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Infrastructure system broken: report

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State, territory and federal government project selection has often lead to “costly outcomes for users and taxpayers”, a key report says.

That’s the view of the Productivity Commission which is calling for an overhaul of the processes which see infrastructure projects assessed and developed.

An overview of the commission’s draft report into public infrastructure, released on Thursday, finds the need for comprehensive reform of the current system including financing, selection, governance and planning and more specifically industrial relations law and building codes.

“Governments are sometimes weak at determining what, where and when infrastructure projects should be scoped and constructed,” the report said.

At a state level, electricity networks and desalination plants were cited as examples of “inadequate project selection”.

At a federal level, the former Labor government was accused of failing to complete a thorough cost-benefit analysis before proceeding with the National Broadband Network.

Assistant Infrastructure Minister Jamie Briggs seized on the criticism of Labor, saying in a statement: “The system left by Labor is broken and in desperate need of reform”.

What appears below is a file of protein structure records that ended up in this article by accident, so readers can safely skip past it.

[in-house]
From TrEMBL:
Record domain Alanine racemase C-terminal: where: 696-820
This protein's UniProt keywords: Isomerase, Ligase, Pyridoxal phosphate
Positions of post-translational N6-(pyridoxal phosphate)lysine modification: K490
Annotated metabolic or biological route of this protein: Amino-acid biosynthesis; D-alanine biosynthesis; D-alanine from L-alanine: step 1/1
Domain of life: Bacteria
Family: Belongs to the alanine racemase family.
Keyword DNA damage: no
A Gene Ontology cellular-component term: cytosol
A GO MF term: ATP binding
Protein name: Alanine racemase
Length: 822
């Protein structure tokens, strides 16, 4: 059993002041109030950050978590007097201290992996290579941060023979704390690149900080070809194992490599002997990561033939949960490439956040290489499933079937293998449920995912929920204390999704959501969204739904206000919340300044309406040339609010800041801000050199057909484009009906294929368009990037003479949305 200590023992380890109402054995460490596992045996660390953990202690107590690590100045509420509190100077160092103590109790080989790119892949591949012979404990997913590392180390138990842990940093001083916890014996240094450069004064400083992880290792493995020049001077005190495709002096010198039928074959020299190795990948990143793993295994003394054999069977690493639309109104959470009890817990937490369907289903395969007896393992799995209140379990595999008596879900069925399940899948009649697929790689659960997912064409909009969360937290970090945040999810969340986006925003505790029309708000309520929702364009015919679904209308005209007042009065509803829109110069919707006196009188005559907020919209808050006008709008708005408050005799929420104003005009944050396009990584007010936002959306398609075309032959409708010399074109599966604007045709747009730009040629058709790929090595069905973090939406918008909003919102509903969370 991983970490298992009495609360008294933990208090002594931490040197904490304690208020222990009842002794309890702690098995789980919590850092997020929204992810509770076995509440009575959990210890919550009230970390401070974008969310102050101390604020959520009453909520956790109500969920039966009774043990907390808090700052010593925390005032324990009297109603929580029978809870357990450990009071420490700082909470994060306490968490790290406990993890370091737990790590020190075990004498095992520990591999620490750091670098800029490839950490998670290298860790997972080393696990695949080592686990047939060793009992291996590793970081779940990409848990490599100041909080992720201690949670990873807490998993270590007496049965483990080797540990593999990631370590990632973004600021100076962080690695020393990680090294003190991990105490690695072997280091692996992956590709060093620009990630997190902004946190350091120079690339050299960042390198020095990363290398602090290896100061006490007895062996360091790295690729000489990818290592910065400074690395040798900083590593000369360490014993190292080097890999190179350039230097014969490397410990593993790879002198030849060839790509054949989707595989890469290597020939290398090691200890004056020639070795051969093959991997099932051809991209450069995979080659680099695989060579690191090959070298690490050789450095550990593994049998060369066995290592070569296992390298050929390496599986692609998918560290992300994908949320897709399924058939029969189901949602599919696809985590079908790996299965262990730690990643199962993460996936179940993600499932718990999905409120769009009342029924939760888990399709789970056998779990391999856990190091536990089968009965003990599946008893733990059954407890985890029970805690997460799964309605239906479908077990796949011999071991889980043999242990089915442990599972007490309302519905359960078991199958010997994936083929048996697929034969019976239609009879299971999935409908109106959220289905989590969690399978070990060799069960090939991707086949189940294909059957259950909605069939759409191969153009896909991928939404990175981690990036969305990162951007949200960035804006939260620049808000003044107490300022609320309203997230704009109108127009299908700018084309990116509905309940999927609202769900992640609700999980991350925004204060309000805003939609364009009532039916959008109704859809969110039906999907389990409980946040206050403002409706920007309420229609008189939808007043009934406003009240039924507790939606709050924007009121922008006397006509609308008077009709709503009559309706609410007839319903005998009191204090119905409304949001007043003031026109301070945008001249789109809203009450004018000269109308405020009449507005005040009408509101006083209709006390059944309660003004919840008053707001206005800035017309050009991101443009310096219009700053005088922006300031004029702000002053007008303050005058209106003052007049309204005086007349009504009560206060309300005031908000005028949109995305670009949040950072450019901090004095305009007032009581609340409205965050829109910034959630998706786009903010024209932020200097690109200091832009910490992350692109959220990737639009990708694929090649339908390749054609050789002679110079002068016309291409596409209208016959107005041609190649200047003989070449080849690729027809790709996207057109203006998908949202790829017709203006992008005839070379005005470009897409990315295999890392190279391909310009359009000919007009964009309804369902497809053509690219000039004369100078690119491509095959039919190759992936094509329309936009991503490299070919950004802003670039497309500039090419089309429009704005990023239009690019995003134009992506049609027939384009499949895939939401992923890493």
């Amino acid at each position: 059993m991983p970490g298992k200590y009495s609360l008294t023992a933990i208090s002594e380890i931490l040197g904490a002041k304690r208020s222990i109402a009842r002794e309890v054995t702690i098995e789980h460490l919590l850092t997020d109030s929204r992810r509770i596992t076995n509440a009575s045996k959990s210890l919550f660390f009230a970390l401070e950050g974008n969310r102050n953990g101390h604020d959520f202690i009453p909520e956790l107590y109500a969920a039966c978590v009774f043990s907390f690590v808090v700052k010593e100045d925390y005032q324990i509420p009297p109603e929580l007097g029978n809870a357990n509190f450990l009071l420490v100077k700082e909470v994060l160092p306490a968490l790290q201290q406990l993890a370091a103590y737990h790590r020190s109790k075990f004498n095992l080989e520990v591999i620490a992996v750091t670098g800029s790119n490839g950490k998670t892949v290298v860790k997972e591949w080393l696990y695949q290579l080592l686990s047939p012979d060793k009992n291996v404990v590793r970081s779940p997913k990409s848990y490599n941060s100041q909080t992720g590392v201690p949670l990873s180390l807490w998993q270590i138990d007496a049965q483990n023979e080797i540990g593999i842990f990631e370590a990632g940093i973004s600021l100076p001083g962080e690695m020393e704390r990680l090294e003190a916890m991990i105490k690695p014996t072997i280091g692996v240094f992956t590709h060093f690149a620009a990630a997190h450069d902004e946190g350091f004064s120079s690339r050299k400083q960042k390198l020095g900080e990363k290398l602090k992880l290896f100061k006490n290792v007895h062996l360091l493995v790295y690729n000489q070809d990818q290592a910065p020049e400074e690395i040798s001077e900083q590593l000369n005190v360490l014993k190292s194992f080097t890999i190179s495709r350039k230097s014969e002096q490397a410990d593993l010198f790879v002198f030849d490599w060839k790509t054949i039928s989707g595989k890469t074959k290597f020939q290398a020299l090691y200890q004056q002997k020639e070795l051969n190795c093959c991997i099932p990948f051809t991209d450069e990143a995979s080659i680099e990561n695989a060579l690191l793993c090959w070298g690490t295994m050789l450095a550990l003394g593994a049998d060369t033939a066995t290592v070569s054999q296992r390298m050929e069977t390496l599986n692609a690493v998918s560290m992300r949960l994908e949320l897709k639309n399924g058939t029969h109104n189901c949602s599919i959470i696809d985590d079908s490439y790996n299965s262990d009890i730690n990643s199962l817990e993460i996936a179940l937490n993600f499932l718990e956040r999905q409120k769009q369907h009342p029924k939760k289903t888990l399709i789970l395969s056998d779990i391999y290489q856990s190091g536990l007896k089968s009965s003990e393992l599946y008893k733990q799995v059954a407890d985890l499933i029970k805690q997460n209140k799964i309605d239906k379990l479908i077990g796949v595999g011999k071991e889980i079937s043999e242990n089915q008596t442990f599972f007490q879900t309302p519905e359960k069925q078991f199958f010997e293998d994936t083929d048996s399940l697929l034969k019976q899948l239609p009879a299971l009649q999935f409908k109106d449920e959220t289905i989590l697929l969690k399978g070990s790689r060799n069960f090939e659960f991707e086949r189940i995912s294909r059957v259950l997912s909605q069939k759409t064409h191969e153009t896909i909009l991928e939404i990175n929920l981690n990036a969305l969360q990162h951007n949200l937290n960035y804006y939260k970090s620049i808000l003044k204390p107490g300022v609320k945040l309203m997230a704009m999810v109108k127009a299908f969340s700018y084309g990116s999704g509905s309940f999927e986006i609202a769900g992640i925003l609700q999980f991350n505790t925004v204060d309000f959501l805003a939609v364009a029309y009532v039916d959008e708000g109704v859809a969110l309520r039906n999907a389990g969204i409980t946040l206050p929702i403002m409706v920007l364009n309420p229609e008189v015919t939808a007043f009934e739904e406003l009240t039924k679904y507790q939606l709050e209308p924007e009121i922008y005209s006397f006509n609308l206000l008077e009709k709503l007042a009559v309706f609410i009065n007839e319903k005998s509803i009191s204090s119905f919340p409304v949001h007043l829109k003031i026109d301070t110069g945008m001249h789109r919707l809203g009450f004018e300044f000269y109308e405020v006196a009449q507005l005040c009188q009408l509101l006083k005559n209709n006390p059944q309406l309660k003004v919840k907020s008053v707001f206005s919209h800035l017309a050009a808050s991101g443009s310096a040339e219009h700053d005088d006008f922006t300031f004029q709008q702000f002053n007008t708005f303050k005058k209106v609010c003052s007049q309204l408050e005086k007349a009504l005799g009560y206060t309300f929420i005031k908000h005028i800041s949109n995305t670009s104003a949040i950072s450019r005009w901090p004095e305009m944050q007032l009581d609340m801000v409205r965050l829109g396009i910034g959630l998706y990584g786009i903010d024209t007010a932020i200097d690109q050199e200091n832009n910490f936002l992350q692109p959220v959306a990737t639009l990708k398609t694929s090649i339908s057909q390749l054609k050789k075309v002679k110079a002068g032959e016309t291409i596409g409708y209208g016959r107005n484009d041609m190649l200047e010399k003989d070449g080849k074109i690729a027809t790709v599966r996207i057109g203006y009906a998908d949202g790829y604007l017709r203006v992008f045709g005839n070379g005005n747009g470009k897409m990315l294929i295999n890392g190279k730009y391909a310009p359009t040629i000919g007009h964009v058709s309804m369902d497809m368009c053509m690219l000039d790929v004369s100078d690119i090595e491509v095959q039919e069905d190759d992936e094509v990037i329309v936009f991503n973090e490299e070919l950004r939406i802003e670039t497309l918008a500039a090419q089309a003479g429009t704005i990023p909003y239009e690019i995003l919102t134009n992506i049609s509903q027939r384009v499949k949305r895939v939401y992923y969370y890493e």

The report had also canvassed the prospect of state and federal governments imposing greater penalties for unlawful industrial disputes and disqualify tenders from contractors who do “sweetheart” deals with unions.

“There is enough evidence of site disruption, coercion and excessive enterprise bargaining arrangements to make changes,” the report noted.

Stricter guidelines such as those in place in Victoria should be adopted by the commonwealth and other states and territories, the commission said.

“Breaching the guidelines would potentially disqualify contractors from tendering for public infrastructure projects if they had mismanaged their industrial relations arrangements or had reached sweetheart deals with unions that precluded competition from sub-contractors with lower wage costs.”

There are also grounds for the Federal Court to raise penalties “commensurate with the economic damage of industrial unrest” for such unlawful conduct, the report said.

The changes could bring efficiencies equalling multi-billion dollar annual savings.

“A 10 per cent reduction in the cost of delivering infrastructure … would amount to an annual saving of around $3.5 billion,” it said.

But the commission added that perceptions of undue wage breakouts or lagging productivity at infrastructure construction sites were misplaced and that cost pressures have eased as the mining boom abates.

The Productivity Commission’s final report is due in May.

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